Topic: Deans, John

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Obituary: John Deans

OBITUARY. Star , Issue 7432, 19 June 1902, Page 3

JOHN DEANS.

This morning death removed another .of Canterbury's prominent settlers in the person of Mr John Deans, of Riccarton. For the past week it had been known that Mr Deans was very seriously ill, and the news of his demise, which was announced this morning, hardly came in the nature of a surprise. It is almost unnecessary to add that the announcement was received with widespread regret.

Mr Deans was the only son of the late Mr John Deans, who was virtually the pioneer of the Christchurch portion of the Canterbury district, having established himself on the site of the present Riccarton Estate before the airrival of the Canterbury Pilgrims in the historical first four ships. It was on this estate that Mr John Deans was born, and there he continued to reside with his family up to the time of his death. Mr Deans was educated at the original High School (now the West Christchurch School).

At a comparatively early age he took over the management of the Riccarton Estate for his widowed mother and put a considerable amount of energy into the work. One of his first acts was to take precautions to preserve the fine piece of native bush which stands on the property and which is now the only relic of the kind within easy distance of the city. He established a herd of pure-bred Shorthorn cattle and during the end of the seventies he purchased some of the very best blood available from Victoria, paying extremely high prices for some of the bulls. His stock waa well-known in the rings of the agricultural shows in Canterbury as consistent prize-takers for many years and his action in importing the best blood did much to improve the breed generally in Canterbury.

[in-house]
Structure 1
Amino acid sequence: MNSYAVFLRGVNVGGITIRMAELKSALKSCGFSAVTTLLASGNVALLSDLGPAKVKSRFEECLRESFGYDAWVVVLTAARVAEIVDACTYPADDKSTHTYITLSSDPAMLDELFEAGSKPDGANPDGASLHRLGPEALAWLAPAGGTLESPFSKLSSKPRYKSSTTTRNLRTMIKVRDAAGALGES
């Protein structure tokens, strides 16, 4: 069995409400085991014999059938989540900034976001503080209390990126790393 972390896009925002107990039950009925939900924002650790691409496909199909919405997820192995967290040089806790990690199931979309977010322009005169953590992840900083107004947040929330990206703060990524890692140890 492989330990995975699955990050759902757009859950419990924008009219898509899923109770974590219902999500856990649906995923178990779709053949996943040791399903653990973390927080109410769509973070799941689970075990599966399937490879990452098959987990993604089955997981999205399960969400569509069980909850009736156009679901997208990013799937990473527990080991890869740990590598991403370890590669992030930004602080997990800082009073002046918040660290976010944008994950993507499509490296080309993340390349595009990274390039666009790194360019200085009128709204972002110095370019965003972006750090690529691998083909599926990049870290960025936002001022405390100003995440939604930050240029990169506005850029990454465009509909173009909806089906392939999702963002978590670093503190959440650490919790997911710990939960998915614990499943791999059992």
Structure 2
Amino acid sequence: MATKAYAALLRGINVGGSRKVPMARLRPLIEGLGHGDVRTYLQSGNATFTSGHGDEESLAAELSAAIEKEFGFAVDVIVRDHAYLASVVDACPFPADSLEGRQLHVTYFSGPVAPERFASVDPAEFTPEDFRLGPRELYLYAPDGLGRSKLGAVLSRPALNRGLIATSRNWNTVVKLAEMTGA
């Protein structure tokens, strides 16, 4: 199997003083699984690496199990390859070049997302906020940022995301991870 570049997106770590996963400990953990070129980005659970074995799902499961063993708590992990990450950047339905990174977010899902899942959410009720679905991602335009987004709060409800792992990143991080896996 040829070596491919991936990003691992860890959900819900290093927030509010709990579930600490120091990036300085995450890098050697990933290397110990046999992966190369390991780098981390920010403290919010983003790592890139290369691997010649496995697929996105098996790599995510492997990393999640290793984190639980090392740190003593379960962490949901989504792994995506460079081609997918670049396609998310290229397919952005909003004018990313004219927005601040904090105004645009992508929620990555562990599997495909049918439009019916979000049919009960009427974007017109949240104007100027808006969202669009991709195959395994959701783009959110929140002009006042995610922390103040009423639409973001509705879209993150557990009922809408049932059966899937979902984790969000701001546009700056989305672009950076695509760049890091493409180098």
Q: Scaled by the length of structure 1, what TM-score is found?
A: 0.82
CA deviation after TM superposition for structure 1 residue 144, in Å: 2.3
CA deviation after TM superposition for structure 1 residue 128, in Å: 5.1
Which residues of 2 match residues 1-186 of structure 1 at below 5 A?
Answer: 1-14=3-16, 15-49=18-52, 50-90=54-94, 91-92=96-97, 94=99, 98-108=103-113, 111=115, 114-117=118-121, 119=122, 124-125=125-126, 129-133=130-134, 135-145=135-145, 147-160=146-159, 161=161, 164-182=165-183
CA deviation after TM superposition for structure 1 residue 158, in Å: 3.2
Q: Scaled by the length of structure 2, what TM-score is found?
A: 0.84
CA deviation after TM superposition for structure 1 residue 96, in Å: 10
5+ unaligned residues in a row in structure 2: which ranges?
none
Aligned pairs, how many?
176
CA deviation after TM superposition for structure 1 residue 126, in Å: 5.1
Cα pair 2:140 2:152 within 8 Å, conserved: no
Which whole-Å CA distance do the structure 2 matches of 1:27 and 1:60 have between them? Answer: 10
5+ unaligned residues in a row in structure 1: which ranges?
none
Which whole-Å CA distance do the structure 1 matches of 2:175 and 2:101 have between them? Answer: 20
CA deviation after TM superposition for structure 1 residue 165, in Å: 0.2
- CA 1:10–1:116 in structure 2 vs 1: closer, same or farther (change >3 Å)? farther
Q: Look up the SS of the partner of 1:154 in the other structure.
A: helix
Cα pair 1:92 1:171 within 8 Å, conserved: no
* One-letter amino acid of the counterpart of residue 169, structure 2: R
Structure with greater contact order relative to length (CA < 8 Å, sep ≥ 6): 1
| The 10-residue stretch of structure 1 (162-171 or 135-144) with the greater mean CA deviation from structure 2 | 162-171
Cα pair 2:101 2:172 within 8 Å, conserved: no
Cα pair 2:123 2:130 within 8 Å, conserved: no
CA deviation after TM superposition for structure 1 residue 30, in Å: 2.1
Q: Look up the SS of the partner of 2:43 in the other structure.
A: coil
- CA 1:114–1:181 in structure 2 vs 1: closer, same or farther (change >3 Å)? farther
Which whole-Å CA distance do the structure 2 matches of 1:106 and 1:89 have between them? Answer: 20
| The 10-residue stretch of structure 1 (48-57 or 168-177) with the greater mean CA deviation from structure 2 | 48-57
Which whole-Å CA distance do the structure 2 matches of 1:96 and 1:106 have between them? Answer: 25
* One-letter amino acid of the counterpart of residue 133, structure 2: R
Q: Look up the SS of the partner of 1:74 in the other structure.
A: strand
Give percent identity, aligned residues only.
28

He was amongst the first to import pure-bred southdown sheep, and the flock is still kept up. Mr Deans was an enthusiast in matters both agricultural and pastoral and, for many years, he has been an active member of the committee of the Canterbury Agricultural and Pastoral Association of which he was one of the past presidents. About two years ago he represented the Society at an Agricultural Conference in England. Mr Deans was also on the New Zealand Flock Book Council.

Amongst the other bodies with which Mr Deans was connected were the Christchurch District Drainage Board, and the Riccarton Road Board, of both of which he was chairman. He was also a director and chairman of the Canterbury Frozen Meat Company, of which he was one of the promoters and as such he always took a keen interest in the development of the frozen meat trade.

Only three years ago Mr Deans had a new house built ait Riccarton almost entirely of oak grown on his estate. He was a member of the Canterbury Yeomanry Cadets which were started in 1868, and afterwards joined the Canterbury Yeomanry Cavalry. Mr Deans, who was in his fiftieth year, married a daughter of Mr R. G. Park, civil engineer, Wellington, who, with his mother, survives him, as well as a family of one daughter and seven sons, the eldest of whom is Captain Deans, of the Malvern Mounted Rifles.

As a mark of respect to the late Mr Deans a large number flags in the city were at half-mast today.

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Deans, John


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